U.S. Senate candidate Mike Espy marked Labor Day by announcing his five-point plan to address gender inequalities in the workplace.

Espy says those issues primarily deal with equal pay, healthcare and childcare costs.

According to the Bureau of Labor Statistics, in the second quarter of this year, women earned 81.3% of the weekly earnings of men.

“I will fight for an economy that benefits and respects everyone,” U.S. Senate Candidate Mike Espy said. “I do not accept that a woman can be paid less than a man for doing the same job. I would not tolerate that for my wife or daughter and I will not accept that for you or your family.”

Espy’s campaign team says he has developed a five-point plan to address issues facing women in Mississippi.

Espy’s five-point plan includes:

  •  Strengthening Equal Pay Laws: While our existing laws have helped to close the pay gap, there are too many loopholes that harm women and families. We need to close them and strengthen other provisions to more effectively close the wage gap. We should prohibit employers from retaliating against workers for discussing their wages, recognize employers with good pay practices, and provide assistance to small businesses that need help adopting such practices.
  •  Lowering Child Care Costs: High-quality child care is fundamental to the economic security of women and families, but it is out of reach for too many. We must increase the Child and Dependent Care Tax Credit (CDCTC) so that it helps more low to moderate income families. According to the Mississippi Low Income Child Care Initiative, Mississippi moms work, but they most often work in low-wage jobs. Child care is expensive, often costing as much as college tuition. The high cost of child care creates barriers to work for parents, and especially women. We can break those barriers down by investing in child care.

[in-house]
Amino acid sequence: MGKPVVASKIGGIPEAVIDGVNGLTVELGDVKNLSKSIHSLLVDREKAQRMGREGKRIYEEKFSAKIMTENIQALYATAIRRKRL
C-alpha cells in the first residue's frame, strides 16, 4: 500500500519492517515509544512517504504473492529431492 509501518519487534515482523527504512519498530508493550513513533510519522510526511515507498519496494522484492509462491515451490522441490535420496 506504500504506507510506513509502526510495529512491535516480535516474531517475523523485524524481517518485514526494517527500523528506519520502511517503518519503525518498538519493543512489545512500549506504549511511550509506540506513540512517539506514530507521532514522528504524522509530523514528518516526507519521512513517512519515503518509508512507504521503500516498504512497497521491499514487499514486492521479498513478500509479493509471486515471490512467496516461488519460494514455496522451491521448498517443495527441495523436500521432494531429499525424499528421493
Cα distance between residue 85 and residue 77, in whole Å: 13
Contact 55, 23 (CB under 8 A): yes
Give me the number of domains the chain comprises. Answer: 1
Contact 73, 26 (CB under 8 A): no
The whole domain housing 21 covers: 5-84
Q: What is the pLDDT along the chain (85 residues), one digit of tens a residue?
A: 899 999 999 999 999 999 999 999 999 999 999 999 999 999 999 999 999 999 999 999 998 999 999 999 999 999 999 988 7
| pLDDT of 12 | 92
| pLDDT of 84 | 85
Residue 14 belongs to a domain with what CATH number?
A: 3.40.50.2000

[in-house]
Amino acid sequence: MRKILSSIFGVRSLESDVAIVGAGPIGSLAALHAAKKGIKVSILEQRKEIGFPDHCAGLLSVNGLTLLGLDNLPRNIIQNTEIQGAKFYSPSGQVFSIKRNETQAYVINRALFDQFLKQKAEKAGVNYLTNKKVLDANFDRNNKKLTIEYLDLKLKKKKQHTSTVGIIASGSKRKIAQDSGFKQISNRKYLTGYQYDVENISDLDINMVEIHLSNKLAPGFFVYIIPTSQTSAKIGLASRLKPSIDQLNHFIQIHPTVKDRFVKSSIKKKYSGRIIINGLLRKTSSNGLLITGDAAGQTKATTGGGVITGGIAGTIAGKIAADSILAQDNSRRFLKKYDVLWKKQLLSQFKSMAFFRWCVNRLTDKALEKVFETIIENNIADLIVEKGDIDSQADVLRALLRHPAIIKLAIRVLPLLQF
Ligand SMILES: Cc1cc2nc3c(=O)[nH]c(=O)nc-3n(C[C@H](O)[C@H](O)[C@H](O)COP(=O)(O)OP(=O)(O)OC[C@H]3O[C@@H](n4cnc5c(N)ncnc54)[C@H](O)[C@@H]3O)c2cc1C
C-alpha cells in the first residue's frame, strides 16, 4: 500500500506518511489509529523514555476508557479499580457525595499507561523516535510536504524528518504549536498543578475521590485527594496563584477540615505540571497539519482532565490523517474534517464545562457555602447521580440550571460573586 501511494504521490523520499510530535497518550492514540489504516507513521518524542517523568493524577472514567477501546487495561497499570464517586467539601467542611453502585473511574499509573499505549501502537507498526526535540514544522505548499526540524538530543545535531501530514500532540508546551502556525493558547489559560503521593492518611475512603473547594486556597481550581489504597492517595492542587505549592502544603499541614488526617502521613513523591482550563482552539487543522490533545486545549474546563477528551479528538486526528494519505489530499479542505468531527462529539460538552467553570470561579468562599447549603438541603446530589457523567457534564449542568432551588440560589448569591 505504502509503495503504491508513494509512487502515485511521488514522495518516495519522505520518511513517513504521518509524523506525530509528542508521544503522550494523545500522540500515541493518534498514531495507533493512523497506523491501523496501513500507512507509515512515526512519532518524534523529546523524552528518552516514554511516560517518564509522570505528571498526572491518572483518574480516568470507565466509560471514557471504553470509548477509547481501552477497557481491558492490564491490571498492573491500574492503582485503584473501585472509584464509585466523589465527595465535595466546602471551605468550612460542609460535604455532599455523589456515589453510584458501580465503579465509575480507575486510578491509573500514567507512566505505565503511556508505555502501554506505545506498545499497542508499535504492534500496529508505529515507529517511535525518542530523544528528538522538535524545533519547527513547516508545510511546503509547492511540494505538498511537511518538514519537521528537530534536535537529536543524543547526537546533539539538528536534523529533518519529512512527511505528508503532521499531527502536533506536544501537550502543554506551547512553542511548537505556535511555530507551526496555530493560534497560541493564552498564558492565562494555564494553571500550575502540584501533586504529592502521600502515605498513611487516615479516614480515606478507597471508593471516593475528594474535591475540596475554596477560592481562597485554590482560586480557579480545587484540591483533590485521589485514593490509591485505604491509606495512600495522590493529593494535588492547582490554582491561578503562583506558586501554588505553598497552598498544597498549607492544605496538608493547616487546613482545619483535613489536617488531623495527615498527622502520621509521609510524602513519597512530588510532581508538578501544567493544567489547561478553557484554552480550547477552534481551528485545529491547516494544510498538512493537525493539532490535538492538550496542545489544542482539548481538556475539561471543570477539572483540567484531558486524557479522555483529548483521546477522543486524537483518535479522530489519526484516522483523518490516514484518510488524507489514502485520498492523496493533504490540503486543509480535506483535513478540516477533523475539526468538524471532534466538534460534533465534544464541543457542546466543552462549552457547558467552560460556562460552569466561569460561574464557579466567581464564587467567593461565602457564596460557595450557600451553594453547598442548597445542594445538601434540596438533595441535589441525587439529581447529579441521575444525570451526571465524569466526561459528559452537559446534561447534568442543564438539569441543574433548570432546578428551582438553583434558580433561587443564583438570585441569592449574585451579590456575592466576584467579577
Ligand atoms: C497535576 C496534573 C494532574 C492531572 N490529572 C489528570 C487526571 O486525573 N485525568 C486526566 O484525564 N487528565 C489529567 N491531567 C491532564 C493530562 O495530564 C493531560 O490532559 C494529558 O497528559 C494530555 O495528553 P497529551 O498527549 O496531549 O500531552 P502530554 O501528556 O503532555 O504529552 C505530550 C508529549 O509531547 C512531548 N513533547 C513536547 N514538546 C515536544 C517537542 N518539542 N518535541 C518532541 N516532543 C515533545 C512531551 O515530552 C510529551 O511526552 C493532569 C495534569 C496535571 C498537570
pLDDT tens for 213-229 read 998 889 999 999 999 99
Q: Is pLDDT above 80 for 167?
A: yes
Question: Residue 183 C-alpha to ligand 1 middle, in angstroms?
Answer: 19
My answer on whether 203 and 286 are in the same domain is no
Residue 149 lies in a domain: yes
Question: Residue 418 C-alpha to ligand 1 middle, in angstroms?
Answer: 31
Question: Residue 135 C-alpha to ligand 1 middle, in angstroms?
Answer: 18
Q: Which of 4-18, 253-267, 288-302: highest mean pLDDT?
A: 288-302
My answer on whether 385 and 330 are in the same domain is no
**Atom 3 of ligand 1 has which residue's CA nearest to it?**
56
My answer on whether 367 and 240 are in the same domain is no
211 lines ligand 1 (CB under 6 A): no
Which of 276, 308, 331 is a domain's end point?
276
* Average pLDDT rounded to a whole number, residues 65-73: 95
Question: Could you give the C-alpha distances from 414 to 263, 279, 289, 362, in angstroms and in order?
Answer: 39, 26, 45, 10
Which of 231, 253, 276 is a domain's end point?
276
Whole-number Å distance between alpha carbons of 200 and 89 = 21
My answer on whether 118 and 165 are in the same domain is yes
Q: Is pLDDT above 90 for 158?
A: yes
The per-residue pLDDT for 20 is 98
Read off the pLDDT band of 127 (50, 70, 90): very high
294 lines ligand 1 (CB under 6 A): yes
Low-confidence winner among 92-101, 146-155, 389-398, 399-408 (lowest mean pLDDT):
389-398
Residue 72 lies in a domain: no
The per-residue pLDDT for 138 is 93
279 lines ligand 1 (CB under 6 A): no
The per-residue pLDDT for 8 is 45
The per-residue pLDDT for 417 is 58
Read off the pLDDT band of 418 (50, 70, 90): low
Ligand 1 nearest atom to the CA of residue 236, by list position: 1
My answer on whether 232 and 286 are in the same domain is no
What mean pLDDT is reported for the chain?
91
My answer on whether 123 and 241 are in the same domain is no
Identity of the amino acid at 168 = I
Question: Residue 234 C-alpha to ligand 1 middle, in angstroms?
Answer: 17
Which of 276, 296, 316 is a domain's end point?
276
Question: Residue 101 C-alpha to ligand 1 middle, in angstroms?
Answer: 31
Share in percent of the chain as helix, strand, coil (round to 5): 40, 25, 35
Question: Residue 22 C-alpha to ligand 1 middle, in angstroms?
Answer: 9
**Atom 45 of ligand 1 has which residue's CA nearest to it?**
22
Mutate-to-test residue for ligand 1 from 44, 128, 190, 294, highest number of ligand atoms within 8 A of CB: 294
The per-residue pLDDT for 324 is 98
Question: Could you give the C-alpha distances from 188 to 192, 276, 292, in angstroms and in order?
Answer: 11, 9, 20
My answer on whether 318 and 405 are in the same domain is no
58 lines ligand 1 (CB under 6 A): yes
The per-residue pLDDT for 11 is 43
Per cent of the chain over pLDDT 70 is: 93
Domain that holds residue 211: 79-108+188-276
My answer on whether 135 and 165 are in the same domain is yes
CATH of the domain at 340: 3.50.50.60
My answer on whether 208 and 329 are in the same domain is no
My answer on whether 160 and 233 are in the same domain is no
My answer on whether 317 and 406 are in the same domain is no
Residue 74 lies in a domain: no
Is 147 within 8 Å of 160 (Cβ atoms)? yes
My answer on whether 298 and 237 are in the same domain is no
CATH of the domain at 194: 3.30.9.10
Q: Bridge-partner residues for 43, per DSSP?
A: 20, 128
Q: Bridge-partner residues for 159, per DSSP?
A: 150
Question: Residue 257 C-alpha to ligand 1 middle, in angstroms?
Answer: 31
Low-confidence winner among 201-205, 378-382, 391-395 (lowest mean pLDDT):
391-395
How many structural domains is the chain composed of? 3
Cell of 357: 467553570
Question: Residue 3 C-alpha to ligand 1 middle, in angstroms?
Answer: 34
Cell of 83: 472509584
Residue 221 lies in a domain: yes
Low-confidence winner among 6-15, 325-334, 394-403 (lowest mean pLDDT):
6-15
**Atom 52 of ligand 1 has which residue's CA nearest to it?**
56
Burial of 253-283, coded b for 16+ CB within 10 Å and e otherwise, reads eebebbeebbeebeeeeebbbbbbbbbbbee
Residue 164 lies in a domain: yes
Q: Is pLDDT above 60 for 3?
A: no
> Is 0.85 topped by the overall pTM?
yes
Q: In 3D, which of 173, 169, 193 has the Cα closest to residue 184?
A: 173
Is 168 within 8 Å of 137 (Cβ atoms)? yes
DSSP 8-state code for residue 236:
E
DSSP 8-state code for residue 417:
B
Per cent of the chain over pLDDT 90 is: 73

•  Protecting Families. Whether someone needs time to address a serious health issue, bond with a new child, or take care of an ill parent, we must expand paid family medical leave. The United States is the only modern nation without a national paid leave pro-gram. A child’s birth or adoption may mean stretched finances and unsettling concerns about whether caring for a new baby will cost parents their jobs. We must expand paid family medical leave.
  • Protecting and strengthening the Affordable Care Act. There are many aspects of the ACA that should continue, such as the same insurance rates for women as for men, requiring coverage regardless of pre-existing conditions, the new birth control benefit, basic services for pregnant and postpartum women, and allowing coverage for young adults up to age 26 on parent’s insurance. We must expand the ACA to require coverage for mental health and prescription drugs and providing coverage for preventive services without cost-sharing.
  • Ensuring women are properly represented in FDA drug trials. According to the Federal Drug Administration’s Office of Women’s Health, females have nearly double the risk of developing an adverse drug reaction compared to men.

“We cannot allow women to make less than men just because of their gender,” said Espy. When we strengthen Mississippi’s women, we strengthen Mississippi families and the state’s economy.”

The former Secretary of Agriculture also represented the Second Congressional District in Mississippi. He is running for the spot once held by longtime Senator Thad Cochran. He faces U.S. Senator Cindy Hyde-Smith and state senator Chris McDaniel in November’s general election.